Leicester Comedy Festival review: Lost Voice Guy at Curve

ISay-theannualcomedyconversationfeaturingLostVoiceGuy_680x680Review by Ella Lloyd

The atmosphere was extraordinary. Complete silence filled the Curve theatre as Lee Ridley, otherwise known as ‘Lost Voice Guy’, grinned down at his Lightwriter.

Anticipation filled the room. What he would say next? Whatever it was, it was sure to be dark.

Even when it came to discussing the bullying he had experienced as a child, Lost Voice Guy still cracked a joke, claiming his tormentors’ barbs were never as funny as his own.

Typically, you’d expect non-stop laughs at the Leicester Comedy Festival, but those long silences set a bittersweet tone in I Say – the Annual Comedy Conversation, a 60-minute interview by festival director Geoff Rowe, which freed Ridley of his usual stand-up style.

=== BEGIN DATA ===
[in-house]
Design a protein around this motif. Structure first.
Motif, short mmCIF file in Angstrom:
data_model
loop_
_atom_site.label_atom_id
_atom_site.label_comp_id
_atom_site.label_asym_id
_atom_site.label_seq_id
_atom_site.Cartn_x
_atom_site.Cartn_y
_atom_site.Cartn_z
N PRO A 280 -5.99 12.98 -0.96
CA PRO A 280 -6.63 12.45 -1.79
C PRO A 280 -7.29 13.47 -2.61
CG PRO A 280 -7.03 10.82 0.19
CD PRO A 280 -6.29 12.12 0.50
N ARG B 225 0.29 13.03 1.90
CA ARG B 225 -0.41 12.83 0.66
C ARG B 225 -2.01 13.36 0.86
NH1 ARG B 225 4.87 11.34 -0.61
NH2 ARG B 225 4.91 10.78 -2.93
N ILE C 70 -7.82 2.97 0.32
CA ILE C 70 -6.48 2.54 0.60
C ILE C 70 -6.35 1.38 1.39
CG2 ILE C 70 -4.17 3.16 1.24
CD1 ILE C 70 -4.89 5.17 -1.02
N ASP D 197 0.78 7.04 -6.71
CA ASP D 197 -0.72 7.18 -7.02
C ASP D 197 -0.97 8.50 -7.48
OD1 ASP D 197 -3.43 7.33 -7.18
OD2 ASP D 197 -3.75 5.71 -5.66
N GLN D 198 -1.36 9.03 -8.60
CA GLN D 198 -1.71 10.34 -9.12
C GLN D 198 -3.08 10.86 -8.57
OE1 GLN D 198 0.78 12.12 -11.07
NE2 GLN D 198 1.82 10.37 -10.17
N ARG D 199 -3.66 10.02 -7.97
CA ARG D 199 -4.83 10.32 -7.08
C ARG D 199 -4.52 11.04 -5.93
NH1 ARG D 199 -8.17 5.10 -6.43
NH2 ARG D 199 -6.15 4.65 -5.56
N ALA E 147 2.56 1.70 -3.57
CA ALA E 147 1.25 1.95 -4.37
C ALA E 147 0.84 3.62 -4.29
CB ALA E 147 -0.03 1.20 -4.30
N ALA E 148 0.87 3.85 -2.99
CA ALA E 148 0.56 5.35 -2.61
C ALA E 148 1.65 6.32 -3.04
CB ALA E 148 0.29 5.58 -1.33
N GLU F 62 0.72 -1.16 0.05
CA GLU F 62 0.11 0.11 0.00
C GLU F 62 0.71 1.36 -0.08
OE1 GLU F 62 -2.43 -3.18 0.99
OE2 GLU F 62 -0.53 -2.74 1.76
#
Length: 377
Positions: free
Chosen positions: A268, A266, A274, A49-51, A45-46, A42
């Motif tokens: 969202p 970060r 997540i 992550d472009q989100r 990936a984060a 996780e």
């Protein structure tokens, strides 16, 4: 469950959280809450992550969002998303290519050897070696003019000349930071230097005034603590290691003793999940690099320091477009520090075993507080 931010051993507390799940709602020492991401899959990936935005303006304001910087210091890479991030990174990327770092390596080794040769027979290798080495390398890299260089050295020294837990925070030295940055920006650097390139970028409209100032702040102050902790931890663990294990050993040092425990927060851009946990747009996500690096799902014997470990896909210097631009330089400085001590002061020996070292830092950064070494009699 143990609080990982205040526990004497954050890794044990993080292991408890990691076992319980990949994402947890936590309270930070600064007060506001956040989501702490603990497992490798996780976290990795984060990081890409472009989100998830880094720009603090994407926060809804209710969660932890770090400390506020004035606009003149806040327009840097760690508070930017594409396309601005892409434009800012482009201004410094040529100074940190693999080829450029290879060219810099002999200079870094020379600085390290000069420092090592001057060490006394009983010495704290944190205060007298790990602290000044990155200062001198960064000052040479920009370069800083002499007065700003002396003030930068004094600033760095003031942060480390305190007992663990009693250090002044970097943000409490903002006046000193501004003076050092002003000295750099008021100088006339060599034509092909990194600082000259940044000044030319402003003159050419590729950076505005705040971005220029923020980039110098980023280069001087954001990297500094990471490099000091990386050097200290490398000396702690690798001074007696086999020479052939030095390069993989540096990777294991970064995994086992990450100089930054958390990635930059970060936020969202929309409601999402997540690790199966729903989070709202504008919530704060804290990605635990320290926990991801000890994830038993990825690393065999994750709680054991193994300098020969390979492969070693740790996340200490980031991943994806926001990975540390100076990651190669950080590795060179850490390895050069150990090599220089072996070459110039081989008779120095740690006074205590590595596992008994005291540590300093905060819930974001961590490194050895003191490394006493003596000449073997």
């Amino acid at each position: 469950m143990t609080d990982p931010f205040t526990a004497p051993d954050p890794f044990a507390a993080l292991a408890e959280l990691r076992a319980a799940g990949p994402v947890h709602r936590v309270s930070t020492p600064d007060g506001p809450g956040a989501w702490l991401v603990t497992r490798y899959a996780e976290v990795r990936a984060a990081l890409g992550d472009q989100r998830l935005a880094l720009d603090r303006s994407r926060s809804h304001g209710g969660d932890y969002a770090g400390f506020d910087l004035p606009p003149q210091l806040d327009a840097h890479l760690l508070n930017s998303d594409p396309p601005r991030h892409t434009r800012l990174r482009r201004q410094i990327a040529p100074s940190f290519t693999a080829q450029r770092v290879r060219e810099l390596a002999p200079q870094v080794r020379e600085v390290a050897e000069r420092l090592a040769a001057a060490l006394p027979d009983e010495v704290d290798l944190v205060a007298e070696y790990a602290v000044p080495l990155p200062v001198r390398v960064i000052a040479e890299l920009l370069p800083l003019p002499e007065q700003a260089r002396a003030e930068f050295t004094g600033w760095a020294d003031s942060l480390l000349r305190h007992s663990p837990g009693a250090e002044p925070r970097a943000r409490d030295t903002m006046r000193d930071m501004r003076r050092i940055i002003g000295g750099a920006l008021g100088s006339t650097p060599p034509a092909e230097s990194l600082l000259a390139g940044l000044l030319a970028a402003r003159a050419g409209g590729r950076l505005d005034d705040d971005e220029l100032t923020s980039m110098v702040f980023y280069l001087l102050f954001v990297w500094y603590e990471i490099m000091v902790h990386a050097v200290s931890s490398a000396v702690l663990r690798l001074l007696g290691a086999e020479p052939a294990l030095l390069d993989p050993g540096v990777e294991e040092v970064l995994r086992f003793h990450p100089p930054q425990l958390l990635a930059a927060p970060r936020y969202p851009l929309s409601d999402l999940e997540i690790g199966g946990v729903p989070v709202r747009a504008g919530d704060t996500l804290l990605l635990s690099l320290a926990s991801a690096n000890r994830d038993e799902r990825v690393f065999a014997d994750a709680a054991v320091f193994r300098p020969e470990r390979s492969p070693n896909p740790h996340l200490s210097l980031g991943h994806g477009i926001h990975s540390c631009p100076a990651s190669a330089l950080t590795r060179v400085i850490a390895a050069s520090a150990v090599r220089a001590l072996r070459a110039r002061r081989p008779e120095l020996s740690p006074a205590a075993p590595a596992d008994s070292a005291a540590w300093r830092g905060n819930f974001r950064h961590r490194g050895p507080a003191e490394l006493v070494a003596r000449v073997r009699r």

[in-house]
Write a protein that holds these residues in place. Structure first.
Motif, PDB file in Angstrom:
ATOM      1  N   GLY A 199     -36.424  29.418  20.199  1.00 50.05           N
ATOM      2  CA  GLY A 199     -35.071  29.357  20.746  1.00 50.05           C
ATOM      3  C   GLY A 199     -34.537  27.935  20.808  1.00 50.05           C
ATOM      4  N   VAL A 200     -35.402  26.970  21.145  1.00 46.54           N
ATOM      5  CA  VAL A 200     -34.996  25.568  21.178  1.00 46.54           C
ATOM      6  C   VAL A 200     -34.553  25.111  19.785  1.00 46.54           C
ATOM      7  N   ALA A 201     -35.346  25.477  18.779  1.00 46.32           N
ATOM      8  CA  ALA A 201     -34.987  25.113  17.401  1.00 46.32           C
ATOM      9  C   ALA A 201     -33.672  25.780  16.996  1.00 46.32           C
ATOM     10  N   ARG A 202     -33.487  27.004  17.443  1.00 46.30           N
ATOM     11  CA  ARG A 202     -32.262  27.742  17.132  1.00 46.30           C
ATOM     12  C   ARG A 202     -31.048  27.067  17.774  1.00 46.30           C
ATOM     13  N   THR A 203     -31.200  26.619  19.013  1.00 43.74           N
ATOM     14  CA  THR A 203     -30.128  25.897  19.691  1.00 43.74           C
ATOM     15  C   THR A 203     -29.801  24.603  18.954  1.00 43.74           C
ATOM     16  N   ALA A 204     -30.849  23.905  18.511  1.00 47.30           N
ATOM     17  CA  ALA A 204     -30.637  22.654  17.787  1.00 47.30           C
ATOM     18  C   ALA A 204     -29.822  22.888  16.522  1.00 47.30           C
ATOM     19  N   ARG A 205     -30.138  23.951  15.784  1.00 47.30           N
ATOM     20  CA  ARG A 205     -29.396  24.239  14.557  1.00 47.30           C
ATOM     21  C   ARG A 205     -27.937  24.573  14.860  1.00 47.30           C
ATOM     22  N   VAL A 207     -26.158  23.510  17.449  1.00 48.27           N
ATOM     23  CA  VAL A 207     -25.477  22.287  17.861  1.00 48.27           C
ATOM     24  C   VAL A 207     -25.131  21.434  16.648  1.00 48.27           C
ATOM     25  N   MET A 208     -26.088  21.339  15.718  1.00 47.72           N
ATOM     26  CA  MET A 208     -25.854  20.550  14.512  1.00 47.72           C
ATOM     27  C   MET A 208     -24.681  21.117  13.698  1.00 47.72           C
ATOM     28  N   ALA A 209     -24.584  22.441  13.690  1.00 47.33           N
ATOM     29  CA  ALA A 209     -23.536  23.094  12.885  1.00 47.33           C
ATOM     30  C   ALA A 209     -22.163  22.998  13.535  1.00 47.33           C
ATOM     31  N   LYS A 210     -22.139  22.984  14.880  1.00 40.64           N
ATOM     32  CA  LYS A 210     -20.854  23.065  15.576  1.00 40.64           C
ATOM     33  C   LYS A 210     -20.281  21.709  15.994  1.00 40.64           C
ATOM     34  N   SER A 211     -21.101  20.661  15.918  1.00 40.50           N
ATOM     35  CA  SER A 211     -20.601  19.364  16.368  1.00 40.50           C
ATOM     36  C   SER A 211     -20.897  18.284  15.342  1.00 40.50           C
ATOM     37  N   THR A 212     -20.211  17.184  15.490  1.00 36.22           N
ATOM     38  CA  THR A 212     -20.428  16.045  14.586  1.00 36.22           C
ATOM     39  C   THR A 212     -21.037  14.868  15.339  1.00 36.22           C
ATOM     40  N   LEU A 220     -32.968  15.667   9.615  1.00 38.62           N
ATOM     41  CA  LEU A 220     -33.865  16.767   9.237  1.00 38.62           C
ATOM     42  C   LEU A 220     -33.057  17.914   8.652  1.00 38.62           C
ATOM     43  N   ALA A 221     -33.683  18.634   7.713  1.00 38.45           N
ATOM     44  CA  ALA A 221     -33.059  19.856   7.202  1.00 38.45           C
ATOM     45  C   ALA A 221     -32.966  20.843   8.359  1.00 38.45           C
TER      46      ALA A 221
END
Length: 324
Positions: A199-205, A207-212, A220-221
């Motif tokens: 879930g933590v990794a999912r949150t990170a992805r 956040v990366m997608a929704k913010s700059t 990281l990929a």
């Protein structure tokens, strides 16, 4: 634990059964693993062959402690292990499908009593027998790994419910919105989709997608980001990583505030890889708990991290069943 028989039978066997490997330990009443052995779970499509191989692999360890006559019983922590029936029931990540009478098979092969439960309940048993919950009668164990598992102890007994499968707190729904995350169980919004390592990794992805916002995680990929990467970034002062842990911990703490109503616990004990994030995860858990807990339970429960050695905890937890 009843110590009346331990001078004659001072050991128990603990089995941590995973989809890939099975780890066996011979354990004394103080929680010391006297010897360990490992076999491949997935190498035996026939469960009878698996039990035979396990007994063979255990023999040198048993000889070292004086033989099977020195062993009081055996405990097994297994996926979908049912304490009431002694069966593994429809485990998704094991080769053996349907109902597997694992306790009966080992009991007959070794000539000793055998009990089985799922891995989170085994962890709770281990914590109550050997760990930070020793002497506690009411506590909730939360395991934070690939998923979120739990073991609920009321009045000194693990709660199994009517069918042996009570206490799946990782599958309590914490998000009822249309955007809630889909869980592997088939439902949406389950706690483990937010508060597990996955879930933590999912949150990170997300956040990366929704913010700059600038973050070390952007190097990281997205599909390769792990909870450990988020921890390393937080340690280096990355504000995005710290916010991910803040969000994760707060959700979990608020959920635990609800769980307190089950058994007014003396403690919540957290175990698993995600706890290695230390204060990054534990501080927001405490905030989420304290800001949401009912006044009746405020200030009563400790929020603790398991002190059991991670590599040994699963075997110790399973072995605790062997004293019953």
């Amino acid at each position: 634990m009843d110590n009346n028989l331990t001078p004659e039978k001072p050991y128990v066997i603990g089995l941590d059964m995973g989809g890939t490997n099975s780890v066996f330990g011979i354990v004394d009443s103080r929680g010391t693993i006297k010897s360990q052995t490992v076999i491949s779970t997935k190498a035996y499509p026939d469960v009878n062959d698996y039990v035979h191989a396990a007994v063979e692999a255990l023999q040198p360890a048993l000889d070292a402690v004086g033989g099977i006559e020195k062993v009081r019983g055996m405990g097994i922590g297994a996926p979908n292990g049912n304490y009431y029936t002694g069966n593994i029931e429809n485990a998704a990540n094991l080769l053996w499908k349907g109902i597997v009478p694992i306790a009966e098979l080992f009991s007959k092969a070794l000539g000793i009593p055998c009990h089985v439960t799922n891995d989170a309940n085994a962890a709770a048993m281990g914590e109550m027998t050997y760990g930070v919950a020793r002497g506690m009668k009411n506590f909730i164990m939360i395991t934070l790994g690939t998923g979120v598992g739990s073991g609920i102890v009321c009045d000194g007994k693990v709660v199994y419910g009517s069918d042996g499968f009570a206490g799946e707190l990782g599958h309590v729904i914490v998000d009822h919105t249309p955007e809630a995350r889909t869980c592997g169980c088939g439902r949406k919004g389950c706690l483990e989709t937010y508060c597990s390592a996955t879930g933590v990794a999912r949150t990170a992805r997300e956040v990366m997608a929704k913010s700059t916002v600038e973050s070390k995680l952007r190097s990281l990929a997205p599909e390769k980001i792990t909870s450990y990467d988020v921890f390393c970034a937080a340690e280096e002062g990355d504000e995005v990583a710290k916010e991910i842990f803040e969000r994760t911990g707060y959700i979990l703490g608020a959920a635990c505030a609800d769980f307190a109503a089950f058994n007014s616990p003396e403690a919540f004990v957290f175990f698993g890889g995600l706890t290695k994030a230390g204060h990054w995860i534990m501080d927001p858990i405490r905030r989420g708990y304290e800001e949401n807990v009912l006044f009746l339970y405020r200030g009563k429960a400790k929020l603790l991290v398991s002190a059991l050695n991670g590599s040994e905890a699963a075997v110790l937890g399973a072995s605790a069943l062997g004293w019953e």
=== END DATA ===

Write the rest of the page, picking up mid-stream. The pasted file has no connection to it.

Despite the faintly morbid nature of much of his material, which occasionally edges on distasteful, there is much more to Lost Voice Guy than meets the eye.

Sporting one of his classic slogan t-shirts – ‘I was disabled before it was popular’ it said – he told Rowe how humour had helped him in terms of coping with his disability. If he didn’t laugh at his own situation, he said, he would cry.

There was something quite special at work here. His answers could make you laugh, but also make you really think. How can something be so light-hearted but so serious and important at the same time?

This was a show, then, that left a deep impact, and also shined some light upon the issue of disability in the comedy scene.

And it may sound quite childish but there will always be something quite entertaining about a computer-generated voice saying ‘f***’. So you can imagine the reaction when Lost Voice Guy said he “f***ing loved swearing.”